It was very helpful in identifying all the component parts of my rifle. It only has three obvious post-war replacement parts: The Rear Sight is a type III which is correct for the period of manufacture. The final post-war replacement piece is the recoil plate.
I didn’t take a close up of it because it is unmarked.
Other aficionados must feel the same way, because most recently, the Inland name has been taken over and given new life producing new M1 and M1A1 Carbines. Perhaps those noting all of the M1 Carbines released through the DCM, CMP, and the many commercial brands produced over the years that showed the demand for the quick, light, versatile, and fun to shoot carbine still couldn’t be satisfied.
My association with the M1 Carbine started many years ago, and to call it a love affair would not be too much of a stretch.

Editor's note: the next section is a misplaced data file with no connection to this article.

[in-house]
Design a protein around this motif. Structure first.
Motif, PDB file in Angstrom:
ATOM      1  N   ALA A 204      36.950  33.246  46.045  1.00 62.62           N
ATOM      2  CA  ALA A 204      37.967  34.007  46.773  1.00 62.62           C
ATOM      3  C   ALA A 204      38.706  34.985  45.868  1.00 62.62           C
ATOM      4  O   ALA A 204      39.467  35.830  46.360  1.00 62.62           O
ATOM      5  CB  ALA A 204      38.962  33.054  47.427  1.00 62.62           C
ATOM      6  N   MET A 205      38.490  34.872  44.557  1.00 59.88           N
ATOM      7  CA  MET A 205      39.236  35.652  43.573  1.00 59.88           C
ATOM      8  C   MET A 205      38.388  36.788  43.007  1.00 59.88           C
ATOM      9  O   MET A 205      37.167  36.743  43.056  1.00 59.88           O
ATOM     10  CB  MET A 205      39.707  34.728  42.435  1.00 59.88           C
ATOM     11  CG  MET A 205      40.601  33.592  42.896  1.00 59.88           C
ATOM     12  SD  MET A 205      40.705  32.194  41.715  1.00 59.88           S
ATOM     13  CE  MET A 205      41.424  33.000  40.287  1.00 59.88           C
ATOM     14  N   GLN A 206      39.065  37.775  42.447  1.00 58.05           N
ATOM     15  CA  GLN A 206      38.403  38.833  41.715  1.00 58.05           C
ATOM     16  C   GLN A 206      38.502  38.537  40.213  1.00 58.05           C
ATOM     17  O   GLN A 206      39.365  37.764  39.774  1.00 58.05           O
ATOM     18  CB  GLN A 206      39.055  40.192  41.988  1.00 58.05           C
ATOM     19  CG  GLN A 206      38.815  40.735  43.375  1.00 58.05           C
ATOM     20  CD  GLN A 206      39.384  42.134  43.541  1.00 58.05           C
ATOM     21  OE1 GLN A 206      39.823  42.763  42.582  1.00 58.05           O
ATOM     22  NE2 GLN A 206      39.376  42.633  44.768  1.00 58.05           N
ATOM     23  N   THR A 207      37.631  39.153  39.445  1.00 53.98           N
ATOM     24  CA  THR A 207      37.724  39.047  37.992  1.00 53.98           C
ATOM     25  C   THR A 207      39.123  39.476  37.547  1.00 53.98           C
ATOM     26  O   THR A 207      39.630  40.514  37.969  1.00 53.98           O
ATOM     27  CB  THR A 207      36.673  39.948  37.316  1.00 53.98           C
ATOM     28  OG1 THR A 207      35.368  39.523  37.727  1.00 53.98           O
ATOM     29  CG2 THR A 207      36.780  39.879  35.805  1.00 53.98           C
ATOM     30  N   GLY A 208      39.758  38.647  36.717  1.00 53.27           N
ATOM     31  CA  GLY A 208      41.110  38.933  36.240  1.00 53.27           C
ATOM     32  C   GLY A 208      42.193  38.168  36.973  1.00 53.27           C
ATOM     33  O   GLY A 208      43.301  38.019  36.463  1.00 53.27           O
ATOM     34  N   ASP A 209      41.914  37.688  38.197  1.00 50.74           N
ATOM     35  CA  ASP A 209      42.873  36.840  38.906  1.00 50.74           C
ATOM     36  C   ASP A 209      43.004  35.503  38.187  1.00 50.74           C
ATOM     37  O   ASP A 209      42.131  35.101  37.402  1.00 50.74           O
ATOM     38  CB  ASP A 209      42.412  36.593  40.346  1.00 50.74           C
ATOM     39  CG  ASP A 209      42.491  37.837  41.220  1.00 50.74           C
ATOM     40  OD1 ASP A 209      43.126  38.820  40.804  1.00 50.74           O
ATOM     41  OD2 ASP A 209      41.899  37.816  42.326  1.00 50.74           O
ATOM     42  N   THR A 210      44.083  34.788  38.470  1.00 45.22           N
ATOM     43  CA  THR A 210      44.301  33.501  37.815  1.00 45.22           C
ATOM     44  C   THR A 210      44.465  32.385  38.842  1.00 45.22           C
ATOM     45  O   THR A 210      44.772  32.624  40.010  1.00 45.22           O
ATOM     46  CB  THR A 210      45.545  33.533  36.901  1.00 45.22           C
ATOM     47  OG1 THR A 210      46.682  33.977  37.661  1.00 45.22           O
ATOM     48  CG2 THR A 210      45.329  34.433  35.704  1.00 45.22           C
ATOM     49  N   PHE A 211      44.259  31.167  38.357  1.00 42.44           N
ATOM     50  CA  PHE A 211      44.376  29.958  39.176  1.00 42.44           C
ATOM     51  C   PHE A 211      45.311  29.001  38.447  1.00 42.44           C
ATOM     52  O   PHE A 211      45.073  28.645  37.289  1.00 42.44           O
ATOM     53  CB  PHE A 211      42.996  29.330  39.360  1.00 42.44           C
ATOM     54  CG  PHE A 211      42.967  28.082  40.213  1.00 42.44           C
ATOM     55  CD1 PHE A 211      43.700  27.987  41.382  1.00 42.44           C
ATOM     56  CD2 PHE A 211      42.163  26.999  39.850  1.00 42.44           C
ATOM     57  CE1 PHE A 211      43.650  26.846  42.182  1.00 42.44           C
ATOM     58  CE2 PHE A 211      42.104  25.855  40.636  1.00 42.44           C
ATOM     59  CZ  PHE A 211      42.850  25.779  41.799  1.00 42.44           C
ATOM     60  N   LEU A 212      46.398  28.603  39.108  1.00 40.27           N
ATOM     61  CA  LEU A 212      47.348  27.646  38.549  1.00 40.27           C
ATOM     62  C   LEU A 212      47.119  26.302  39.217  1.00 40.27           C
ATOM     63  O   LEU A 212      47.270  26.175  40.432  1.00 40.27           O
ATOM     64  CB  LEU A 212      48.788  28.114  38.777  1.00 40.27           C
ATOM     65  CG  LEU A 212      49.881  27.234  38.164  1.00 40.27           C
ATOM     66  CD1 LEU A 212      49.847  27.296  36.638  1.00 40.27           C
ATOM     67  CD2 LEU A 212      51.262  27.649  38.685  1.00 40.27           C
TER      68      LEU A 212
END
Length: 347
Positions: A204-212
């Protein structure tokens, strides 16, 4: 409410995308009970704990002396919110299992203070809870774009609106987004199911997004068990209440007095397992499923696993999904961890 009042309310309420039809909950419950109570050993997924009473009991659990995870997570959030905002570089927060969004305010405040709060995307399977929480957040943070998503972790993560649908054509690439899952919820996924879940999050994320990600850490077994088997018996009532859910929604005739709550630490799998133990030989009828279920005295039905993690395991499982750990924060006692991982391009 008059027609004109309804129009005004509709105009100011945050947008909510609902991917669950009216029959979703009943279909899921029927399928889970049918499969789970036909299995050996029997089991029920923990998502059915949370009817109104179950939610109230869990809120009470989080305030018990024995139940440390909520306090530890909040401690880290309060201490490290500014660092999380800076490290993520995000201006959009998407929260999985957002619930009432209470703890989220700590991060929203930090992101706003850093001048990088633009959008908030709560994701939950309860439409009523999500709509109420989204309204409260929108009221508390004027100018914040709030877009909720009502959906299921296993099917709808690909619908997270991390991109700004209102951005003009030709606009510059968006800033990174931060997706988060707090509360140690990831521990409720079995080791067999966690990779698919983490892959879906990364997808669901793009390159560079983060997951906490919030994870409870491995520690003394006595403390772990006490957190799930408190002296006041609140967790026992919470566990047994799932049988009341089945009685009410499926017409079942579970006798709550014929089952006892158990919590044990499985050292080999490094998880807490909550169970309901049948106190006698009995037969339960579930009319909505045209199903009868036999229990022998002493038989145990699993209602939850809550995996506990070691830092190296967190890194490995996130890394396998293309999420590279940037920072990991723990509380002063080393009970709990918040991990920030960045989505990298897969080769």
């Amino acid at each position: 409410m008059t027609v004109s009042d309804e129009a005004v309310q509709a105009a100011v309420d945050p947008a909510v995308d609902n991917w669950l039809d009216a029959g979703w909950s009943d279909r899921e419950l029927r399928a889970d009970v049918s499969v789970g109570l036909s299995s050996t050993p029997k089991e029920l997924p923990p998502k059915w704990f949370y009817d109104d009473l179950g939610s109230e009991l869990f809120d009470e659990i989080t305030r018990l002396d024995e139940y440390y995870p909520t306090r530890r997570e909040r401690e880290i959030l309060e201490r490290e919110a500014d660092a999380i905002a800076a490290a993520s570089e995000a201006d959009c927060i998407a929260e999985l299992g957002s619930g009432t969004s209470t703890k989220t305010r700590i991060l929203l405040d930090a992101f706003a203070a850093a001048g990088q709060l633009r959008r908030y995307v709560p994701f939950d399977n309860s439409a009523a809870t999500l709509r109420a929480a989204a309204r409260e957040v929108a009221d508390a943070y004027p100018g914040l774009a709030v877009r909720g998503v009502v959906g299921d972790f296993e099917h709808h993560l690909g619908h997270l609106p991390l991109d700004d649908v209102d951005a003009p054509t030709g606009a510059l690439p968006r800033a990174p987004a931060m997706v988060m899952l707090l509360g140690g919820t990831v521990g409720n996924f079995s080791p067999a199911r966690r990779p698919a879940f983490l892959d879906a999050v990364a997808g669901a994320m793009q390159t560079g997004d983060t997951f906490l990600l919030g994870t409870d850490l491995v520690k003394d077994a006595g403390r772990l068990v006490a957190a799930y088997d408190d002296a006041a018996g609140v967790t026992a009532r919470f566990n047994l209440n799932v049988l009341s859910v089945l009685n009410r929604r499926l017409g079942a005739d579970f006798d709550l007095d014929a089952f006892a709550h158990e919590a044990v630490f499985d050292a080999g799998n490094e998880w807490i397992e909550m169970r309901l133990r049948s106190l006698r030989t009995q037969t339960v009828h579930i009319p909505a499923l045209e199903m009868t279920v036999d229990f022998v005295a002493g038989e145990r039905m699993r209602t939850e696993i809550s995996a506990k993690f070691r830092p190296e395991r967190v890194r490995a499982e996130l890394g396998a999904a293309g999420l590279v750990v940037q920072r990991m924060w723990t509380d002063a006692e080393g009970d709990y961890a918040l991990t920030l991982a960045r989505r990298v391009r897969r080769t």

To recap what we’ve done so far: In M1 Carbine Part 1, we took a look at the external condition of the new old CMP M1 Carbine.
In M1 Carbine Part 2, we disassembled the M1 Carbine into its major groups.
Except for the folding wire stock with its leather cheekpiece, there is no difference between an M1A1 carbine and a standard M1 carbine.
The guns turned out by the venerable New Haven, Connecticut, firm have enjoyed a great deal of popularity with collectors and firearms enthusiasts for several generations.
S.-issue World War I Model This article was first published in Few arms makers are as well known as the Winchester Repeating Arms Co.
My first and brief exposure was in the military where it proved to be a handy, light, and easy to operate and maintain companion.
Now, I know there are many that, (in my opinion) give way to much credence to the stories of ineffectiveness in Korea where the M1 Carbine was called upon to fill a roll it was never intended to fill.
In June of 1940, the Secretary of War approved and allocated funds for the acquisition of a light rifle. The date set for the submission of designs was May 1, 1941.